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Latest News - February 2013

February 15, 2013
Tampa Tribune editorial: Obamacare strikes unions Editorial
Source: tbo.com

Labor unions have been among the biggest supporters of President Barack Obama and his health care act.

But it is revealing that now that they are seeing the costs, unions suddenly are not as enthused about the Affordable Health Care Act and want special consideration.

The Wall Street Journal recently reported that union leaders worry the law's provisions will drive up the costs of union health insurance plans, making unionized workers less competitive.

Among the costly requirements: eliminating caps on medical benefits and prescription drugs, and allowing children to stay on their parents' plans until they turn 26. These are features affecting all insurance plans.

But the unions want the subsidies that, under the act, go to low-income workers without employer coverage to also go to lower-paid members of union plans.

The issue could affect as many as 20 million Americans, who are in plans jointly managed by unions and employers. The Journal says such plans are used mostly by small companies and are common in construction, hotel and other fields where workers' hours vary.

John Wilhelm, chairman of Unite Here Health, an insurance plan for 260,000 union workers at airports, hotels, casinos and other enterprises, says he expects the president to provide the subsidy. He told the Journal of seeing the president at a 2008 rally:

"I heard him say, 'If you like your health plan, you can keep it.' … If I'm wrong and the president does not intend to keep his word, I would have severe second thoughts about the law."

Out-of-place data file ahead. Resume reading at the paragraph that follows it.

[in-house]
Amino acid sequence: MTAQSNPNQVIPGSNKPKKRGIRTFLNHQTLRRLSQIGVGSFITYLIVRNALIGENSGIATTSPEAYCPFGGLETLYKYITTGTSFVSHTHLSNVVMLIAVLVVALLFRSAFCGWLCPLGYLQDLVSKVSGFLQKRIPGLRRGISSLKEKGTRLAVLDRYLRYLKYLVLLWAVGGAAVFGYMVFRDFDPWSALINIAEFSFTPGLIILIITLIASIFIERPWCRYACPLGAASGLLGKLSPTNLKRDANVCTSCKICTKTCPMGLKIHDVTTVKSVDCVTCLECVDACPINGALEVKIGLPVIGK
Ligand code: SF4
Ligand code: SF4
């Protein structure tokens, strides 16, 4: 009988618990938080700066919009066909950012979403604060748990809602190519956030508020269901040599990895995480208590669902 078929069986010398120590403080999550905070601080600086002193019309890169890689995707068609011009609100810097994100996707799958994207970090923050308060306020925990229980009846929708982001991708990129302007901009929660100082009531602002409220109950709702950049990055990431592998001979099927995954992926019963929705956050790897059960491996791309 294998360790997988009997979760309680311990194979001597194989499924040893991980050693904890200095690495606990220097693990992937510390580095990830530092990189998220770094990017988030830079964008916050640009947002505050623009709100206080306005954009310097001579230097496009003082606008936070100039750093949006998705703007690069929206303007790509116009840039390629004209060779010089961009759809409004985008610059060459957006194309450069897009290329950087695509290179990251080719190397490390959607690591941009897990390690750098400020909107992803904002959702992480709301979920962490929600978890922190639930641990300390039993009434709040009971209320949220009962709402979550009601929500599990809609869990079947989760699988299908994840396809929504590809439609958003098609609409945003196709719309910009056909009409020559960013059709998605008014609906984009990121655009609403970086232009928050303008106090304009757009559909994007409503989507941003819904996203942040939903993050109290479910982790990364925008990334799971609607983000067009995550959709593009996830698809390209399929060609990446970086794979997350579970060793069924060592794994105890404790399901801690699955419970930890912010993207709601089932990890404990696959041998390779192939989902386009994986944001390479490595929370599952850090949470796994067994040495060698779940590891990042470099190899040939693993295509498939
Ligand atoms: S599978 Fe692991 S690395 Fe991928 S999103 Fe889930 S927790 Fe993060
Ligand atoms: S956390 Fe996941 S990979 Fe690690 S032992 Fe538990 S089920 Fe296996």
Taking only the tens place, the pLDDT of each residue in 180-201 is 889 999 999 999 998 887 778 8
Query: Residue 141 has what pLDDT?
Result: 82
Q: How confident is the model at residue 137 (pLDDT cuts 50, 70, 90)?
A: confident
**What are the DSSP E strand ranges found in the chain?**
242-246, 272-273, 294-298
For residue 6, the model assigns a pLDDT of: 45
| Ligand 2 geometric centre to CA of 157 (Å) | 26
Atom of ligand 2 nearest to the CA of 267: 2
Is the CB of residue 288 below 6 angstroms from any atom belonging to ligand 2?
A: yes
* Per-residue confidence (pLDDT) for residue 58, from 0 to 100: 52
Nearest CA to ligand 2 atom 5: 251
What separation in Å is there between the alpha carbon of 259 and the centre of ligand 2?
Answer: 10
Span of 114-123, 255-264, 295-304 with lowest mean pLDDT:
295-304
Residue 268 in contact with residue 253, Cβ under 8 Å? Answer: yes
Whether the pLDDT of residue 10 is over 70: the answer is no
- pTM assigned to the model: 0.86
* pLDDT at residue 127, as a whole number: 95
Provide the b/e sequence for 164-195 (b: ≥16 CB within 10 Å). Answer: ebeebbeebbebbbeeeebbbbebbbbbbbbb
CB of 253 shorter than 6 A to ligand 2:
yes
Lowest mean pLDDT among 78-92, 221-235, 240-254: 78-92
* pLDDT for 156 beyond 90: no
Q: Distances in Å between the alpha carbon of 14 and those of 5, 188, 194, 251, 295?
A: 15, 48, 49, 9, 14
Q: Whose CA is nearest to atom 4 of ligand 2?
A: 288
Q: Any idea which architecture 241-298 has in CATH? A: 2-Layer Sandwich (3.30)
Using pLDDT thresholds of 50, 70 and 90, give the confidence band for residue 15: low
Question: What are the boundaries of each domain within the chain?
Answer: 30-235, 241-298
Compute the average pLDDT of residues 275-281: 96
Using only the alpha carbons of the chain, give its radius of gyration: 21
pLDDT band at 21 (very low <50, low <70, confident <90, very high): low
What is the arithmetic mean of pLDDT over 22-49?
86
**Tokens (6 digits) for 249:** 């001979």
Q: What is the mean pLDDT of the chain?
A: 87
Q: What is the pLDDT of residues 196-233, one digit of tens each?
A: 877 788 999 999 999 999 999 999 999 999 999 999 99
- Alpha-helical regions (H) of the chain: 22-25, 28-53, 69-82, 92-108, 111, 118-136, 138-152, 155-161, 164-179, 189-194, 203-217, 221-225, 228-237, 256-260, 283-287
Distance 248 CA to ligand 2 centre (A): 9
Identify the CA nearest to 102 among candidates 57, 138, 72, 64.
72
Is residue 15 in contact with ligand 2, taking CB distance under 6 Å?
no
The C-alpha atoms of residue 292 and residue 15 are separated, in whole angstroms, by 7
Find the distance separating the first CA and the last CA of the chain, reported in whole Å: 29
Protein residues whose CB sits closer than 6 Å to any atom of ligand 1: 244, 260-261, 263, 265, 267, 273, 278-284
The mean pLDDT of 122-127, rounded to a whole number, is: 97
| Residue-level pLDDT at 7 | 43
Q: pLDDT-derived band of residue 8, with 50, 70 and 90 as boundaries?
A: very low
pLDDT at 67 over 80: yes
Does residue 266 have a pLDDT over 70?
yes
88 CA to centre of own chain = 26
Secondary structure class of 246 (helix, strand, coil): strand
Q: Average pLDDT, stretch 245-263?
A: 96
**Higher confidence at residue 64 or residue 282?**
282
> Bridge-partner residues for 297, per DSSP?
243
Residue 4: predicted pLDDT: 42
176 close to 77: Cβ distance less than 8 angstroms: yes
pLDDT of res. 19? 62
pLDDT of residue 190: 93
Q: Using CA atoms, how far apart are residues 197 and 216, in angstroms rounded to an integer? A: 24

Welcome to the real world.

The insurance plans of nonunion employers face the same costs, but no one is contemplating providing them a break.

The administration has been mum on the unions' subsidy request, but the law clearly intended the aid to go to workers who can't get coverage at work.

Any attempt to redefine the law to aid the administration's political allies would be a costly abuse.

At a time when union membership is shrinking precipitously, leaders see the Affordable Health Care Act's costs as further weakening them.

By increasing the costs of the employees' compensation package, the law also will increase the costs of union labor and could drive jobs to nonunion operations that don't provide insurance. These employees, under the law, would be able to get insurance on their own with the help of the federal subsidy.

It is understandable the unions would find the situation objectionable, but they should have raised their concerns when this massive government program was being pushed into law. Instead, they vigorously supported Obama and his plan.

Randy Beall of the Sheet Metal Workers International Association supported the health care act but now sees it could hurt unions' ability to offer coverage.

"If we're not offering our members insurance and pensions, why would you want to be union?" he wondered to the Journal.

The unions' financial dilemma should be illuminating to all who trust in government promises to provide something for nothing.

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